Two of the spring references specifically for the garage-door industry are the APCO Spring Manual by Bill Eichenberger, and the Torsion Spring Rate Book by Clarence Veigel; these give tables of spring sizes and torque constants. Spring engineering principles in general are described in the Handbook of Spring Design published by the Spring Manufacturer's Institute; the formulas allow you to calculate torque constants knowing only the geometry and the Young's modulus of the material. You can also find some brief spring information in standard references like Machinery's Handbook and Marks' Standard Handbook for Mechanical Engineers.
Uncentered center bearing plate: The center bearing plate need not actually be in the center. It doesn't much matter where it is, since the purpose of the bracket is to anchor the spring ends. This anchoring must be secure, since all the torsion is held together at that point. On a stud-framed wall, this bracket may be placed over the stud closest to the center rather than exactly at the center of the door opening.
Today's garage doors come with those door sensors, and if anything is in the path of the door the sensor detects it and raises the door back to the open position. These precautions are important for families with young children or pets. Even if you don't have a mini me or furry friend running around your yard, it's a good idea to have a garage door that is safe for you, your guests and your belongings. 
Measure springs only when relaxed: Measurements must be taken on a relaxed spring because the winding adds significant overall length while reducing the coiled diameter. If you have a paired design, and one is broken and one is intact, then don't try to measure the length of the intact spring with the door down. A wound spring has 7 or 8 turns adding to the overall length, and will therefore be about 2 inches longer than when relaxed. Measure the lengths of the pieces of the broken spring, which will be unwound, and add them together. As a check, one can measure the length of the intact spring after it is unwound in the procedure to follow below. Be sure also to observe whether the springs are originally of equal sizes, because it is quite possible that they are not.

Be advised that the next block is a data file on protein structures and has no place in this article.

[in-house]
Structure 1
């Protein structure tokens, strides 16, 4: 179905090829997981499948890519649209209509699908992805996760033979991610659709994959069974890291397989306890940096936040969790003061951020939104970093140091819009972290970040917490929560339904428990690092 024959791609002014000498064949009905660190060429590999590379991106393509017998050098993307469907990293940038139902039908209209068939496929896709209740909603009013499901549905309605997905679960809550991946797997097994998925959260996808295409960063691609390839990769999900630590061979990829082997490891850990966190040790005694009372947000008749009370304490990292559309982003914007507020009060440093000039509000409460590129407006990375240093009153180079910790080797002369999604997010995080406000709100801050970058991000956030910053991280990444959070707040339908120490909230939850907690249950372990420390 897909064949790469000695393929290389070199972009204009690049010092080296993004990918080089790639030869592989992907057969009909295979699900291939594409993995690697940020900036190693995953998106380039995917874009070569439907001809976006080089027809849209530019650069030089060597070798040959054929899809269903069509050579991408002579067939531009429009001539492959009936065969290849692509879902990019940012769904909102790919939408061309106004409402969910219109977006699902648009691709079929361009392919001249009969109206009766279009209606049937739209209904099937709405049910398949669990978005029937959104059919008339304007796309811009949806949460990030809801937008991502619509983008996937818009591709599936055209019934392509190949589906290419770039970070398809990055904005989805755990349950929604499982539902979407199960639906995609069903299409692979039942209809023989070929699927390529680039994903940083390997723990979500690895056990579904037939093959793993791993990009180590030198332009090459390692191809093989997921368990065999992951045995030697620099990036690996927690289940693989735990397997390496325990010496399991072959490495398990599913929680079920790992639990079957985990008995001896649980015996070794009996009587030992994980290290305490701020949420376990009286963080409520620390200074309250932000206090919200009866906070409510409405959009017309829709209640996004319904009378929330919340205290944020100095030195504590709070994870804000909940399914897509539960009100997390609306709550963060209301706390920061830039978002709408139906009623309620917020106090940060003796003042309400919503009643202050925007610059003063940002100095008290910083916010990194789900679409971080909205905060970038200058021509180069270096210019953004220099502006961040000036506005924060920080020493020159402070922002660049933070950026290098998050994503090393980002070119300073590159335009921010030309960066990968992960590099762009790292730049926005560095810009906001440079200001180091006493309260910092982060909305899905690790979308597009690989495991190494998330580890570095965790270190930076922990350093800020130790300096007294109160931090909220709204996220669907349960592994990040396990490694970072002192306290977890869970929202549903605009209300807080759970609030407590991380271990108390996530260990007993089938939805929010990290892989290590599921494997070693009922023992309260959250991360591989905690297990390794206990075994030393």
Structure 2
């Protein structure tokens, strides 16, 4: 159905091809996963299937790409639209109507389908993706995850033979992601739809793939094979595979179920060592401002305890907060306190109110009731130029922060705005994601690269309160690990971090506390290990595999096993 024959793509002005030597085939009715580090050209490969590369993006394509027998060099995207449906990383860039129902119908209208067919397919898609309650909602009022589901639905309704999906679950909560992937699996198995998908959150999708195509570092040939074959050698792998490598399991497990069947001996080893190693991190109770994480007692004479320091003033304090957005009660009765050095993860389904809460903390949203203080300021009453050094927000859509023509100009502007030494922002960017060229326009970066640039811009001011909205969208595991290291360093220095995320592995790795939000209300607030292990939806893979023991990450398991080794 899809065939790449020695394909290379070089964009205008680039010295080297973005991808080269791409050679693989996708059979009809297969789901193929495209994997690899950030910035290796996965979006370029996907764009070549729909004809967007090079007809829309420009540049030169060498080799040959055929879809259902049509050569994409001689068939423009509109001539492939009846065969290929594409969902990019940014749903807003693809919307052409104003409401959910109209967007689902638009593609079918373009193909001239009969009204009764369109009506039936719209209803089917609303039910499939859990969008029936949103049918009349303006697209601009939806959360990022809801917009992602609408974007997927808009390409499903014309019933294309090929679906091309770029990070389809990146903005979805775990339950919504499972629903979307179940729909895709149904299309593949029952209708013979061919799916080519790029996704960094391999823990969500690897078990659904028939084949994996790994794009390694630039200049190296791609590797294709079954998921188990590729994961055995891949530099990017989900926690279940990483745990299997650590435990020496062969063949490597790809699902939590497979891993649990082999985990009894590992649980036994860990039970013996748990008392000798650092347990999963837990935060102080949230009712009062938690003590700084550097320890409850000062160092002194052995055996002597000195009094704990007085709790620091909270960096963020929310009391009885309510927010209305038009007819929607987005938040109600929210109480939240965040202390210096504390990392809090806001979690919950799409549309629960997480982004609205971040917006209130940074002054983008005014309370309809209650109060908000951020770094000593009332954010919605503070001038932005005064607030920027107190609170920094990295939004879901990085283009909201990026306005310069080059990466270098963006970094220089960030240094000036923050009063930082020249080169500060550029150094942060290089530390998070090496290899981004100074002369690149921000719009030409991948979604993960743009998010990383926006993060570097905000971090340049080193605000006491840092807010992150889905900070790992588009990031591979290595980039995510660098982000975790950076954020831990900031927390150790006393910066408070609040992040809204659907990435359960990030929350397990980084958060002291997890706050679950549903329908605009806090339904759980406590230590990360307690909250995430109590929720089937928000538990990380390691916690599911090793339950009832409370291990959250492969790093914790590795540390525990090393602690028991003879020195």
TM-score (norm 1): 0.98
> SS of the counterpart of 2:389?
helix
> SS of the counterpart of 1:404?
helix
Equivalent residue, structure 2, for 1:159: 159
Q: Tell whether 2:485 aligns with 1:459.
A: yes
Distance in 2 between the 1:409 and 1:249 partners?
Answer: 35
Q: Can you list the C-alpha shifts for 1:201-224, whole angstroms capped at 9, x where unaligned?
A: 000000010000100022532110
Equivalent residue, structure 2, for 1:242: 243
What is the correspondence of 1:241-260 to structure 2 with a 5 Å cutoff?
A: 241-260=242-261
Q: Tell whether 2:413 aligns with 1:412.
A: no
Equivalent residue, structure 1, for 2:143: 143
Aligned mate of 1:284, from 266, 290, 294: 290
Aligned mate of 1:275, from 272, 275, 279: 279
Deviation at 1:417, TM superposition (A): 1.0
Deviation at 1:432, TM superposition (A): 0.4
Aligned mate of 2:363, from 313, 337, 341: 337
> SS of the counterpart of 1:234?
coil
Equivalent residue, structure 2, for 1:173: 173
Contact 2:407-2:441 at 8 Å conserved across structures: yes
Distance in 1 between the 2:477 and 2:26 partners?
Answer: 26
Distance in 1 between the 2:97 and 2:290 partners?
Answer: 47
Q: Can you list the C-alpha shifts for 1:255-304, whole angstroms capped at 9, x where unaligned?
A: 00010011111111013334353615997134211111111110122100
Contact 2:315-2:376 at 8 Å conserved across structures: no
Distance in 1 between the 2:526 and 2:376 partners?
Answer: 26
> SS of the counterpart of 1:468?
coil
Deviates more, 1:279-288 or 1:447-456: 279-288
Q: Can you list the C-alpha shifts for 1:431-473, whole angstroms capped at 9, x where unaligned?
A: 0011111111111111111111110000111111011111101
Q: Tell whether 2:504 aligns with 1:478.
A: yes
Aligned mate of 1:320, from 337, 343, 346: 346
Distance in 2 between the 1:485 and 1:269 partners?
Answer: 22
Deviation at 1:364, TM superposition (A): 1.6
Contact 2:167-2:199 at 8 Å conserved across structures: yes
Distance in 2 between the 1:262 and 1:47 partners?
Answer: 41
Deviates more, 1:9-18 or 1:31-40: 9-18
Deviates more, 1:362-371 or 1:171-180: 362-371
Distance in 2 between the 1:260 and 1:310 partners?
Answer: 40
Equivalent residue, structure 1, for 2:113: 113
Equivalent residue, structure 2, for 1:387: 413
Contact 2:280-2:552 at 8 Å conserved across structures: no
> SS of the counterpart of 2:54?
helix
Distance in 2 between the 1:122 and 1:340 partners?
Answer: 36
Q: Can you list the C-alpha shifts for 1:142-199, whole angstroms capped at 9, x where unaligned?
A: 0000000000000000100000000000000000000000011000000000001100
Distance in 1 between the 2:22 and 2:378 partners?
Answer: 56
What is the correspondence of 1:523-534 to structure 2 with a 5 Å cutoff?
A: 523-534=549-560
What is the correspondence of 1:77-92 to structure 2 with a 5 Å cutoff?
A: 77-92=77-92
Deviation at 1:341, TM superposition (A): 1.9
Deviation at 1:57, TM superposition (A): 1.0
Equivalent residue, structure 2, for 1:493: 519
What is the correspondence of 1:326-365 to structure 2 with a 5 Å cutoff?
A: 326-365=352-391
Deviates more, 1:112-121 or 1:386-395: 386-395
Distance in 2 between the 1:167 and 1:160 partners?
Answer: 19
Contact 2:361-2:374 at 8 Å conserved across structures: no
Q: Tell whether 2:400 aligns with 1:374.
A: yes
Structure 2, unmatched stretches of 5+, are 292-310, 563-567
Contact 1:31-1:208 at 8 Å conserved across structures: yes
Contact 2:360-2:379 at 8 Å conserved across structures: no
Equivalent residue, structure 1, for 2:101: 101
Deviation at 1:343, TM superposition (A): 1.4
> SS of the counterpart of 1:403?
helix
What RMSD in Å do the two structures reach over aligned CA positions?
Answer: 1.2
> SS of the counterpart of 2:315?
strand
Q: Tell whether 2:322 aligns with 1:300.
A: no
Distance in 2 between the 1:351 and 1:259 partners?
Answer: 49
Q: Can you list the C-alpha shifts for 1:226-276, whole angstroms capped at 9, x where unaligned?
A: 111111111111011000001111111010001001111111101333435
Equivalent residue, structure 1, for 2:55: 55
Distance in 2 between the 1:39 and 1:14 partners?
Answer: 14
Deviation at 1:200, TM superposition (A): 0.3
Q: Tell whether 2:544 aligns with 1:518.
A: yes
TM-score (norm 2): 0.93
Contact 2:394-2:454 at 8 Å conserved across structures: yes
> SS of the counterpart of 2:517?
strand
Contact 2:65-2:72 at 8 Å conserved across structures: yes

For Sears Garage Door Installation and Repair Services, making your garage door safe is as important as making it function well. For this reason, all of our repair services and tune-ups feature a 20-point safety check. Our technician will carefully examine your garage door panels, springs, sensors, safety release, hardware, track, and more. This ensures that, not only has our work been done well, but that your garage door poses no danger to your vehicles or family. Due to the intricacy of garage door systems, only garage service professionals should attempt to adjust, repair, or service door equipment.
Electric Garage Door Openers – Service and repair of the electric garage door opener itself, including the lift mechanism that pulls the door up and guides it down. This is typically not part of the garage door itself and is serviced and repaired on its own interval. Typical service includes inspection, repair, adjustment, and lubrication if needed. Also, we typically inspect the mounting of the unit as well as its attachment to the door itself.